Analyst says spread of cyber attack due to poor security

World Today

A computer screen cyberattack warning notice reportedly holding computer files to ransom, as part of a massive international cyberattack, at an office in Kiev, Ukraine, Tuesday June 27, 2017, A new and highly virulent outbreak of malicious data-scrambling software appears to be causing mass disruption across Europe, hitting Ukraine especially hard. Image used with permission of the account holder checked and consistent with independent AP reporting. (Oleg Reshetnyak via AP)

The data-scrambling software epidemic that paralyzed computers globally is under control in Ukraine, where it likely originated, officials said Wednesday, as companies and governments around the world counted the cost of a crisis that is disrupting ports, hospitals and factories.

More than 24 hours after it emerged, the hackers have nearly gathered 4 bitcoin, worth just over $10,000 at current prices, according to the attackers’ publicly available bitcoin wallet.

It’s a relatively meager haul given the virulence of the malware outbreak, and some researchers are citing it as further evidence that the cyberattack was intended not to make money but to send a message.

Ransomware, which has been powered by the growth of digital currencies such as Bitcoin, is a fast-growing and lucrative market for cybercriminals. It works by scrambling computers’ data, only unscrambling it in return for money.

CGTN’s Nathan King explains how Ransomware works:

But Matthieu Suiche, founder of Dubai-based Comae Technologies, said in a blog post that the engineering of the bug suggested that those behind it had no intention of ever retrieving the data, even if they were paid. In other words, he said in a telephone interview, the ransom demand was “a mega-diversion.”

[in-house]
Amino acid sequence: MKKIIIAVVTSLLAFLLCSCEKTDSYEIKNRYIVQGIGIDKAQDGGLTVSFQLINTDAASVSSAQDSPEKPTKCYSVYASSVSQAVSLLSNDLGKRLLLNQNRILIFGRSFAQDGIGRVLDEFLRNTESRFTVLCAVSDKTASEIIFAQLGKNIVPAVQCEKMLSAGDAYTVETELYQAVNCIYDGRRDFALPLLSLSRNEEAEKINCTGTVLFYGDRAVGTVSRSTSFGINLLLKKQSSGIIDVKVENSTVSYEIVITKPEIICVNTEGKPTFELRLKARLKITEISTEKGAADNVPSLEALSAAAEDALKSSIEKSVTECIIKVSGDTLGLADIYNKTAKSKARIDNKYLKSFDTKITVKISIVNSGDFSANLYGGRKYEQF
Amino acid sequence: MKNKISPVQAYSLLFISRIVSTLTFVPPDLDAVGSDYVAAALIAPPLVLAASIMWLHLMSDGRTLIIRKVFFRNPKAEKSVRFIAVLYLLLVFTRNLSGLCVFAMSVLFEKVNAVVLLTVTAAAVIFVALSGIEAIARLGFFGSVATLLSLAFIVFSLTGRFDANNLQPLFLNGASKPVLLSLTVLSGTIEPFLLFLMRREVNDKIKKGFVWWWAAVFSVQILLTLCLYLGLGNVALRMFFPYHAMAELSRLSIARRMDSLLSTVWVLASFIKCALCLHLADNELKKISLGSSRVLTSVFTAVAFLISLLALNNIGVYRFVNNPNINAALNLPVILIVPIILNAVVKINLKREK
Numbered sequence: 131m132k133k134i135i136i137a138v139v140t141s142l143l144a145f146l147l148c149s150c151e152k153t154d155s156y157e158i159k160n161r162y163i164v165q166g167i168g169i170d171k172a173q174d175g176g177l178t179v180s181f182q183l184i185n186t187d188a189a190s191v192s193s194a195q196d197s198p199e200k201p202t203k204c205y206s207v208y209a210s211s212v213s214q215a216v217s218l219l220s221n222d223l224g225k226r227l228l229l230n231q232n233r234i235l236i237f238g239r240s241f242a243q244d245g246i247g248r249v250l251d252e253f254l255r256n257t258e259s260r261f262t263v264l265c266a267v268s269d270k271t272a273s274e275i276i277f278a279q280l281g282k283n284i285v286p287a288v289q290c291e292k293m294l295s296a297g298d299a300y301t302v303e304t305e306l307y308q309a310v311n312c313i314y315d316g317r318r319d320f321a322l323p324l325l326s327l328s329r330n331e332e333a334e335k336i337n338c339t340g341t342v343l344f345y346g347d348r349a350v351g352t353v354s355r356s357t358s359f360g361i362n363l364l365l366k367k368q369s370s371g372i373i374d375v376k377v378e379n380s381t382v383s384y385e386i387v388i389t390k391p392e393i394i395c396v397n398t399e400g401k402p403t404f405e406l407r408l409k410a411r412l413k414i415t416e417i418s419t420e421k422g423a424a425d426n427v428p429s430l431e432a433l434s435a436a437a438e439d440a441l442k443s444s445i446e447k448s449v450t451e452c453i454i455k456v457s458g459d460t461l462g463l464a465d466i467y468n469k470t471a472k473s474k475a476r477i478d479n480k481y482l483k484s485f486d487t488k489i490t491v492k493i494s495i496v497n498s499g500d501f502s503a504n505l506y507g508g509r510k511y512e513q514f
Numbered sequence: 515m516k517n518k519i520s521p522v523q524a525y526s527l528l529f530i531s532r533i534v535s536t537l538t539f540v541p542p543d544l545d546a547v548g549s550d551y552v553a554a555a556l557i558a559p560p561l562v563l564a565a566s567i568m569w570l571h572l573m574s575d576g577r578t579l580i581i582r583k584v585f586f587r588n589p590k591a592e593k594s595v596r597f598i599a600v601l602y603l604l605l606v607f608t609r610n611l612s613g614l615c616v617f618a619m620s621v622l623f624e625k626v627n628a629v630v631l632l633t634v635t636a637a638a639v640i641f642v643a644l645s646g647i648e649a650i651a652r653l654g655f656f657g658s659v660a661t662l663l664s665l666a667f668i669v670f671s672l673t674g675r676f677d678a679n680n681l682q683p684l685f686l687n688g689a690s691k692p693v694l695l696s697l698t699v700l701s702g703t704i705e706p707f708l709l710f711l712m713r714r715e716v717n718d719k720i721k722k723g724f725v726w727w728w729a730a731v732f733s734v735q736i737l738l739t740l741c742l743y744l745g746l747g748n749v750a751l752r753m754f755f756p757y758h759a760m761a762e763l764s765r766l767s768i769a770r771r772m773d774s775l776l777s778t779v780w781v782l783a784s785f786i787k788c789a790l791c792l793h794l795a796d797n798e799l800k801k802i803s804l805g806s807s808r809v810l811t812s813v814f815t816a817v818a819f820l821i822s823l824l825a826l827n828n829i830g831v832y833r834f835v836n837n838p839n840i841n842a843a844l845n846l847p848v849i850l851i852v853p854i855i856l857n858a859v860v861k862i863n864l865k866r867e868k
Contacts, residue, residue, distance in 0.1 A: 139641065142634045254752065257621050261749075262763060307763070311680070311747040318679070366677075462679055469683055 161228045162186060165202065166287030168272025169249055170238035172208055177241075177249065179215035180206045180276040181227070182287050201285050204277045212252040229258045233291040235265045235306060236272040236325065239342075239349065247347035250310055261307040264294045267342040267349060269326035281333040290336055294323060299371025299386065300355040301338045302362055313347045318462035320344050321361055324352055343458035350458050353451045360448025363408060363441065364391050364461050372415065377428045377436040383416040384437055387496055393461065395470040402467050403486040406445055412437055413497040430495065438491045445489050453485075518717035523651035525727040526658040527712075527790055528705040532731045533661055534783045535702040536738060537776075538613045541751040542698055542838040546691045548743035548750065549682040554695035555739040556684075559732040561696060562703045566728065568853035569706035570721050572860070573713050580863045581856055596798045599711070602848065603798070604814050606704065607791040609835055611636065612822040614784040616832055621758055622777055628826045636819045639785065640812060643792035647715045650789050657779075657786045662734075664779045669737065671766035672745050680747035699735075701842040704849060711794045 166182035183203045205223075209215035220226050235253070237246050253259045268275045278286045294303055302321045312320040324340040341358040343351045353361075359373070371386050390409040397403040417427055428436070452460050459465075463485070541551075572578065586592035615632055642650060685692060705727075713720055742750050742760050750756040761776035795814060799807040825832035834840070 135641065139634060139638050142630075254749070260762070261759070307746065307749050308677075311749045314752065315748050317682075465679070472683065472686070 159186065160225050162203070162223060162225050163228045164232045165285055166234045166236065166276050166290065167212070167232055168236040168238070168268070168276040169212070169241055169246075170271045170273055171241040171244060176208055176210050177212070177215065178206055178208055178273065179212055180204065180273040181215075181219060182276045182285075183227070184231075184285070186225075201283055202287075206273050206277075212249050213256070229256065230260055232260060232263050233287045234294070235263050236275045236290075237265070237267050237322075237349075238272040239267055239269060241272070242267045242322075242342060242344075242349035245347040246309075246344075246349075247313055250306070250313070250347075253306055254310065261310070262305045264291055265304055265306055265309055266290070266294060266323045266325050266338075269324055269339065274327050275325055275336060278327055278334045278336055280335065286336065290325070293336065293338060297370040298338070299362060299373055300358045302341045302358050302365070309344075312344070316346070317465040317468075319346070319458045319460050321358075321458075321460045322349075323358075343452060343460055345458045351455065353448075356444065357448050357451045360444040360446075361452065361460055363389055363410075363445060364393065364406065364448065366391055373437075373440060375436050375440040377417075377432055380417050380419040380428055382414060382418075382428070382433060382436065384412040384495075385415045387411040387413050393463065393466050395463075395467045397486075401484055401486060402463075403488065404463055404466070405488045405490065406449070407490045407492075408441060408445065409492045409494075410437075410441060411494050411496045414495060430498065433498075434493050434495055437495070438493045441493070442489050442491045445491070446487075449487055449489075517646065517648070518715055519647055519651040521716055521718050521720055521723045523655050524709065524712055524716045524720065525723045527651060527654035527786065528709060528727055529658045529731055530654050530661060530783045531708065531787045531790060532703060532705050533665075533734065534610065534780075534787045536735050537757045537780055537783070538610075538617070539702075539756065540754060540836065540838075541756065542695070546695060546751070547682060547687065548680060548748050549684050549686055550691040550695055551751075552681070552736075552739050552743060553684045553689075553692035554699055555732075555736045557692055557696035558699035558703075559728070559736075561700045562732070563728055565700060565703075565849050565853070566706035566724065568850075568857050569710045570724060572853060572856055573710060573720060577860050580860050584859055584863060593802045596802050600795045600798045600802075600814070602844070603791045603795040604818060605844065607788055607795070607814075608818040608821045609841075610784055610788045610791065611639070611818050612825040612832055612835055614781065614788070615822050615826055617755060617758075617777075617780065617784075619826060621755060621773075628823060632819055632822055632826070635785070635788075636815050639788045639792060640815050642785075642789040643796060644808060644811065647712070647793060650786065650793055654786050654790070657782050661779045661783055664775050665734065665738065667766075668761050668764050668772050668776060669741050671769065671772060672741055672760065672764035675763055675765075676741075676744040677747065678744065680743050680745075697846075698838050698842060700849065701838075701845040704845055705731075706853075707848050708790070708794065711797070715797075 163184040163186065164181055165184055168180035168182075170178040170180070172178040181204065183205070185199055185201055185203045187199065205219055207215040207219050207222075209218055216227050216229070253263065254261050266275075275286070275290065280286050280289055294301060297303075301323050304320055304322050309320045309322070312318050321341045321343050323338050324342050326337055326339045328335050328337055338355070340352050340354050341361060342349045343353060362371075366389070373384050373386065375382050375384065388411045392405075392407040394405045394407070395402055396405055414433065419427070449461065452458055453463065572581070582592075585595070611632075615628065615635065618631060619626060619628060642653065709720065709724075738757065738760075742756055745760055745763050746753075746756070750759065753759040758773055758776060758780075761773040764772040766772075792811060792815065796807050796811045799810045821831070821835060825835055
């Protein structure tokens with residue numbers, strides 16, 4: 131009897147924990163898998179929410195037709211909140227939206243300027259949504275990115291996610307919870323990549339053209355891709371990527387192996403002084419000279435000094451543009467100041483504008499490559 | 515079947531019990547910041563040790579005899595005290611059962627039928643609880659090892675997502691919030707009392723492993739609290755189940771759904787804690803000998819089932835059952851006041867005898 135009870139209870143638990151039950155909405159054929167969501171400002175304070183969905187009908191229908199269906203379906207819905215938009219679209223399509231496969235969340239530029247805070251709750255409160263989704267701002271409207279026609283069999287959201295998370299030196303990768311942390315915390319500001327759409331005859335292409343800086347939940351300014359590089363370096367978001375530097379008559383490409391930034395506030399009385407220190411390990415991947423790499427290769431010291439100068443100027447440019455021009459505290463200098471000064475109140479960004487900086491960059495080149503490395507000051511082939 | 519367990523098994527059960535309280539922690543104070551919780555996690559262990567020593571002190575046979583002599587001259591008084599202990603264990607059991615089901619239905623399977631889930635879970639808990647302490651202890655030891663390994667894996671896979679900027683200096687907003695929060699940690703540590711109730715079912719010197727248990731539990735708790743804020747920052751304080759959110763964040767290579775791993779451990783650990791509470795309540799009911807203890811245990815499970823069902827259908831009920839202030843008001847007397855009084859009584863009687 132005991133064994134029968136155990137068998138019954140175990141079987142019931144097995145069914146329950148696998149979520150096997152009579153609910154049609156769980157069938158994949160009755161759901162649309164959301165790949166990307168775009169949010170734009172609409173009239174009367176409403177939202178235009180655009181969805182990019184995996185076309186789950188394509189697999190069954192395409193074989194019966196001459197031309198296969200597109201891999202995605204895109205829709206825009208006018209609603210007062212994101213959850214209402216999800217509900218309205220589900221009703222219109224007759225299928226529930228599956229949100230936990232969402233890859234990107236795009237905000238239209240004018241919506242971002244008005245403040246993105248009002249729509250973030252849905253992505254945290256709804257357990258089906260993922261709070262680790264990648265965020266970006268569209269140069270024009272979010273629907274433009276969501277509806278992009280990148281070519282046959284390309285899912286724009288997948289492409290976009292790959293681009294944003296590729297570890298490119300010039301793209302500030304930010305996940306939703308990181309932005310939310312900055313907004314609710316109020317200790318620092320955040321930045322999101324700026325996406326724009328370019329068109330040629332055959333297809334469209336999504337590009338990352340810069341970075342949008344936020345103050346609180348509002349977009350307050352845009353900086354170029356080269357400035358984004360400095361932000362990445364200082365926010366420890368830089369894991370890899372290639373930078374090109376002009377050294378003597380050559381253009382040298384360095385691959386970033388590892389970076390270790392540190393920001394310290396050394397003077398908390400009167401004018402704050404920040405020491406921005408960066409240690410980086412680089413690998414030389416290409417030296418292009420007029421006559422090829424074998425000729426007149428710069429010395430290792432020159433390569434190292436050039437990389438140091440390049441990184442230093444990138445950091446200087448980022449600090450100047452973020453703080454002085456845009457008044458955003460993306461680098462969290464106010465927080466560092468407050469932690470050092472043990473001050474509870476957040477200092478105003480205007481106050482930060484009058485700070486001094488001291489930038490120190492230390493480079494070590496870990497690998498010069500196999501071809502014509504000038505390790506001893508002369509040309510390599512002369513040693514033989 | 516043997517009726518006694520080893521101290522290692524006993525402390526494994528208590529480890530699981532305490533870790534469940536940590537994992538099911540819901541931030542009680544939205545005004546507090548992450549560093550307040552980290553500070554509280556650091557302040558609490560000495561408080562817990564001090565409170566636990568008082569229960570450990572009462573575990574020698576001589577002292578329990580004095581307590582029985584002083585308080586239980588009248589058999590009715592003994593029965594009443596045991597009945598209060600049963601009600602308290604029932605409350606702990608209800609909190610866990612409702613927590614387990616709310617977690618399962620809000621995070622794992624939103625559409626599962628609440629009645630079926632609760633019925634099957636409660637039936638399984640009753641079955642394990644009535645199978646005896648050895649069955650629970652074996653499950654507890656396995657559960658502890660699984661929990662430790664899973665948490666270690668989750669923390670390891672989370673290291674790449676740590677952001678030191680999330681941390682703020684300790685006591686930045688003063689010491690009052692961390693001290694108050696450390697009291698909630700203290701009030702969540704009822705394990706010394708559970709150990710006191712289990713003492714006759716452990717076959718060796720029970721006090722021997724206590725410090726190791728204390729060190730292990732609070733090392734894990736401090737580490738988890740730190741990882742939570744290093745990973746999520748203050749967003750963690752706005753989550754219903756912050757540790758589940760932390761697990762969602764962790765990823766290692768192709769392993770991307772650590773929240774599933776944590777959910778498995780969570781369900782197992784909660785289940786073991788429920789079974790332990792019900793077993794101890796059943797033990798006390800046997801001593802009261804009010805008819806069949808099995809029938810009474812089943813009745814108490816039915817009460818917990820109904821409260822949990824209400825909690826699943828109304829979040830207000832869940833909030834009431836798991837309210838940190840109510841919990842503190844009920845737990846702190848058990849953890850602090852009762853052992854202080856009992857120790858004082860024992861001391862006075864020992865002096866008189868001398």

Analysts believe the reason for a quick spread of the malicious software that is crippling computers globally is the widespread ignorant approach to information security and the lack of software updates.

Andrey Bryzgin of Russian cyber security company Group-IB said on Wednesday that such attacks are efficient “because the approach to information security is still very immature.”

He said it was too soon to know who is behind the latest attack.

A man talking to an employee of Ukrposhta (Ukrainian post) in Kiev, Ukraine, Wednesday, June 28, 2017. The cyberattack ransomware that has paralysed computers across the world hit Ukraine hardest Tuesday, with victims including top-level government offices, energy companies, banks, cash machines, gas stations, and supermarkets. (AP Photo/Sergei Chuzavkov)

Ukraine and Russia appeared hardest hit by Tuesday’s violent outbreak of data-scrambling software that locks up computer files with all-but-unbreakable encryption and then demands a ransom for its release.

Russia’s Rosneft oil company said some of its gas stations have been affected by the outbreak of malicious software, but production operations haven’t been hurt. Russian media reported that Rosneft subsidiary Bashneft was also affected.

In the United States, it affected companies such as the drugmaker Merck and food conglomerate Mondelez International.

Logistics firm FedEx said deliveries by its TNT Express subsidiary have been slowed by the global cyberattack. In an announcement Wednesday, the company based in Memphis, Tennessee, said it had been “significantly affected” by the malicious program.

FedEx said that the domestic, regional and intercontinental operations of TNT Express, a courier delivery unit, were “largely operational, but slowed.” The company added that the impact of the cyberattack “could be material.”

The virus’ pace appeared to slow by Wednesday, in part because the malware appeared to require contact between computer networks.

Story by the Associated Press, video by AFP.